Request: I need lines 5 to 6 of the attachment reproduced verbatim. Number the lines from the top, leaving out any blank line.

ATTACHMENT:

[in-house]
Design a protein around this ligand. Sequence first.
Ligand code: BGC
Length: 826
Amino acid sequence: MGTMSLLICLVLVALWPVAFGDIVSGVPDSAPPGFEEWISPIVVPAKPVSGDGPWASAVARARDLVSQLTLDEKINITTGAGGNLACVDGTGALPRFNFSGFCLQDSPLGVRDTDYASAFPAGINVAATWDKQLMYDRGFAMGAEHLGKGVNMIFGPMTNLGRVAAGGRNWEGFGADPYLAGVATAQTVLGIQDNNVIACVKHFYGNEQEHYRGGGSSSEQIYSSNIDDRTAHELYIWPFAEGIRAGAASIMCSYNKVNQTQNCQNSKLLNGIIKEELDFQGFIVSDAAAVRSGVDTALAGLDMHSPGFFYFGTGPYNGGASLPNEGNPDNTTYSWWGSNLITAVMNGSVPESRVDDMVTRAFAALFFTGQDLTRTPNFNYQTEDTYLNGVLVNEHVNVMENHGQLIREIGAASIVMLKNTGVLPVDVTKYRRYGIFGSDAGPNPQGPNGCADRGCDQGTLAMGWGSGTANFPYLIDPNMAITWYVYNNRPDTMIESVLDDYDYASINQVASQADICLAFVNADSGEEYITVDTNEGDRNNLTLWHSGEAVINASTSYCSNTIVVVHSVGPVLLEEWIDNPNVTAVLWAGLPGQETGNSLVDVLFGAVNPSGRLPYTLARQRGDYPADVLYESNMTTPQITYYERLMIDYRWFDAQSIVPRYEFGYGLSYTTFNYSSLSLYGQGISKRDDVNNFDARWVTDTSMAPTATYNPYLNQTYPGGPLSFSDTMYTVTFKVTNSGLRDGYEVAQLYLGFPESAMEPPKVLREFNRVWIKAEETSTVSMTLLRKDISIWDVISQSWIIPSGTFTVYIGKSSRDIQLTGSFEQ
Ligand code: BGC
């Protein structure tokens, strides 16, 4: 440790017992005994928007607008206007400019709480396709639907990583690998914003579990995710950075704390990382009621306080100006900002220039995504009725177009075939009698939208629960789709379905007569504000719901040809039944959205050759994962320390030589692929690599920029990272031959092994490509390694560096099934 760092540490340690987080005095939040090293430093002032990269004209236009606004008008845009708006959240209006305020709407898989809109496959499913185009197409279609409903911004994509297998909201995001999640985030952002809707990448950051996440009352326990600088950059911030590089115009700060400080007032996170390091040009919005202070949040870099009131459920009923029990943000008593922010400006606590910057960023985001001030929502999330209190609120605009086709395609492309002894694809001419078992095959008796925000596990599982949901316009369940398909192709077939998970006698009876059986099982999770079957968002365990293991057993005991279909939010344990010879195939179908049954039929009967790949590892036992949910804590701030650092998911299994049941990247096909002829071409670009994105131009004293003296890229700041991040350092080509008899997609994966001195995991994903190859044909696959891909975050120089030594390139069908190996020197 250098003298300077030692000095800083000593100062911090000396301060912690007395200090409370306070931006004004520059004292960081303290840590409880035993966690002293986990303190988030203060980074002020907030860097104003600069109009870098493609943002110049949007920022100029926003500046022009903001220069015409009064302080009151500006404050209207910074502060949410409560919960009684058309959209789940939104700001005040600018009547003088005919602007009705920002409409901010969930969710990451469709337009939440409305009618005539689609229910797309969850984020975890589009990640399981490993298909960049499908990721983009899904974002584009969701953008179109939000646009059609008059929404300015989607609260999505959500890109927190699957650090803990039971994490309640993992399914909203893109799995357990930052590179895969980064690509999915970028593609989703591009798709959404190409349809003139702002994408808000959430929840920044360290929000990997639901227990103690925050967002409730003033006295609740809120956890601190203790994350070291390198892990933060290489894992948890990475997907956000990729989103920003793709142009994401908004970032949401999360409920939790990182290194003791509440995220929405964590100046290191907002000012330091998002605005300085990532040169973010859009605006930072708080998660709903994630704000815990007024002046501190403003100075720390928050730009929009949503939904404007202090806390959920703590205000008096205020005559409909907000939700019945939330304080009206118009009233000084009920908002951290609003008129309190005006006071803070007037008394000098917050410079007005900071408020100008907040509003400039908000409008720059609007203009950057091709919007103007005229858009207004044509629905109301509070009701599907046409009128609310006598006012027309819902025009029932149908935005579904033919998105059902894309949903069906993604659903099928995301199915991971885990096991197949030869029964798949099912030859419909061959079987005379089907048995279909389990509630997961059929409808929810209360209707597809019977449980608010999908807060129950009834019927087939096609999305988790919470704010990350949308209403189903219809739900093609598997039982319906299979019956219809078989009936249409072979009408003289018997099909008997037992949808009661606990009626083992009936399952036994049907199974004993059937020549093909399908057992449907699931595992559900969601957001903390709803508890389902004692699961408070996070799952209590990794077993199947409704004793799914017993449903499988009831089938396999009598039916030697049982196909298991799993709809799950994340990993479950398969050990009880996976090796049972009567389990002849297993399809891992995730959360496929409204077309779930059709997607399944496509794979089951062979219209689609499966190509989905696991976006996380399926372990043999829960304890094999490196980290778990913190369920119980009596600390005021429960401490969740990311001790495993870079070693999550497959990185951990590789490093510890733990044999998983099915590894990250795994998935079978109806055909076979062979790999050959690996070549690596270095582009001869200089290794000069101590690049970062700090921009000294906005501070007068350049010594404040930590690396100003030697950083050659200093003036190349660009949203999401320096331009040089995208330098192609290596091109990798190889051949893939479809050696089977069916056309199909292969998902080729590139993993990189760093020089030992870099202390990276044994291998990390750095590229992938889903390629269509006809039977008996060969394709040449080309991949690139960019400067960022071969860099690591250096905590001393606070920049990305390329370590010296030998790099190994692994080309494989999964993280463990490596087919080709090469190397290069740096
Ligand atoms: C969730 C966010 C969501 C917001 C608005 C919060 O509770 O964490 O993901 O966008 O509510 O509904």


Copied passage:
Amino acid sequence: MGTMSLLICLVLVALWPVAFGDIVSGVPDSAPPGFEEWISPIVVPAKPVSGDGPWASAVARARDLVSQLTLDEKINITTGAGGNLACVDGTGALPRFNFSGFCLQDSPLGVRDTDYASAFPAGINVAATWDKQLMYDRGFAMGAEHLGKGVNMIFGPMTNLGRVAAGGRNWEGFGADPYLAGVATAQTVLGIQDNNVIACVKHFYGNEQEHYRGGGSSSEQIYSSNIDDRTAHELYIWPFAEGIRAGAASIMCSYNKVNQTQNCQNSKLLNGIIKEELDFQGFIVSDAAAVRSGVDTALAGLDMHSPGFFYFGTGPYNGGASLPNEGNPDNTTYSWWGSNLITAVMNGSVPESRVDDMVTRAFAALFFTGQDLTRTPNFNYQTEDTYLNGVLVNEHVNVMENHGQLIREIGAASIVMLKNTGVLPVDVTKYRRYGIFGSDAGPNPQGPNGCADRGCDQGTLAMGWGSGTANFPYLIDPNMAITWYVYNNRPDTMIESVLDDYDYASINQVASQADICLAFVNADSGEEYITVDTNEGDRNNLTLWHSGEAVINASTSYCSNTIVVVHSVGPVLLEEWIDNPNVTAVLWAGLPGQETGNSLVDVLFGAVNPSGRLPYTLARQRGDYPADVLYESNMTTPQITYYERLMIDYRWFDAQSIVPRYEFGYGLSYTTFNYSSLSLYGQGISKRDDVNNFDARWVTDTSMAPTATYNPYLNQTYPGGPLSFSDTMYTVTFKVTNSGLRDGYEVAQLYLGFPESAMEPPKVLREFNRVWIKAEETSTVSMTLLRKDISIWDVISQSWIIPSGTFTVYIGKSSRDIQLTGSFEQ
Ligand code: BGC